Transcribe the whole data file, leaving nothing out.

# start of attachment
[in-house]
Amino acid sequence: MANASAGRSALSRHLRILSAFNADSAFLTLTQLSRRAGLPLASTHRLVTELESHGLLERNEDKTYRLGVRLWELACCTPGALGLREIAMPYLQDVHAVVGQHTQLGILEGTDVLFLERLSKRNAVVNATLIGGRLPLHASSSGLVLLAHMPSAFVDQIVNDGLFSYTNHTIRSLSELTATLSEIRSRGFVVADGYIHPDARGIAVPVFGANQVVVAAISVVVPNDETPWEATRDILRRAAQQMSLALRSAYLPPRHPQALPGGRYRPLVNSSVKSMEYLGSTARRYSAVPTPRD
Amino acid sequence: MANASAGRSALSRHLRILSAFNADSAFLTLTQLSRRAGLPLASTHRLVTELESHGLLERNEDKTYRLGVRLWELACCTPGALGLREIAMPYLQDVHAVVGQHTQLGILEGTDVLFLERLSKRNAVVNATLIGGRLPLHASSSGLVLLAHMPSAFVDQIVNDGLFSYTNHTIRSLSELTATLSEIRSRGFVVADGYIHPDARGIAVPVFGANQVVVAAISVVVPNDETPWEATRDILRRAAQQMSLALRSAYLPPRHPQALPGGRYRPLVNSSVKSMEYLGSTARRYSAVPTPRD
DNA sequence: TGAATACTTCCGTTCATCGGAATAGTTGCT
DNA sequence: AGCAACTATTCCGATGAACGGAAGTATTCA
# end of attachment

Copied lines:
[in-house]
Amino acid sequence: MANASAGRSALSRHLRILSAFNADSAFLTLTQLSRRAGLPLASTHRLVTELESHGLLERNEDKTYRLGVRLWELACCTPGALGLREIAMPYLQDVHAVVGQHTQLGILEGTDVLFLERLSKRNAVVNATLIGGRLPLHASSSGLVLLAHMPSAFVDQIVNDGLFSYTNHTIRSLSELTATLSEIRSRGFVVADGYIHPDARGIAVPVFGANQVVVAAISVVVPNDETPWEATRDILRRAAQQMSLALRSAYLPPRHPQALPGGRYRPLVNSSVKSMEYLGSTARRYSAVPTPRD
Amino acid sequence: MANASAGRSALSRHLRILSAFNADSAFLTLTQLSRRAGLPLASTHRLVTELESHGLLERNEDKTYRLGVRLWELACCTPGALGLREIAMPYLQDVHAVVGQHTQLGILEGTDVLFLERLSKRNAVVNATLIGGRLPLHASSSGLVLLAHMPSAFVDQIVNDGLFSYTNHTIRSLSELTATLSEIRSRGFVVADGYIHPDARGIAVPVFGANQVVVAAISVVVPNDETPWEATRDILRRAAQQMSLALRSAYLPPRHPQALPGGRYRPLVNSSVKSMEYLGSTARRYSAVPTPRD
DNA sequence: TGAATACTTCCGTTCATCGGAATAGTTGCT
DNA sequence: AGCAACTATTCCGATGAACGGAAGTATTCA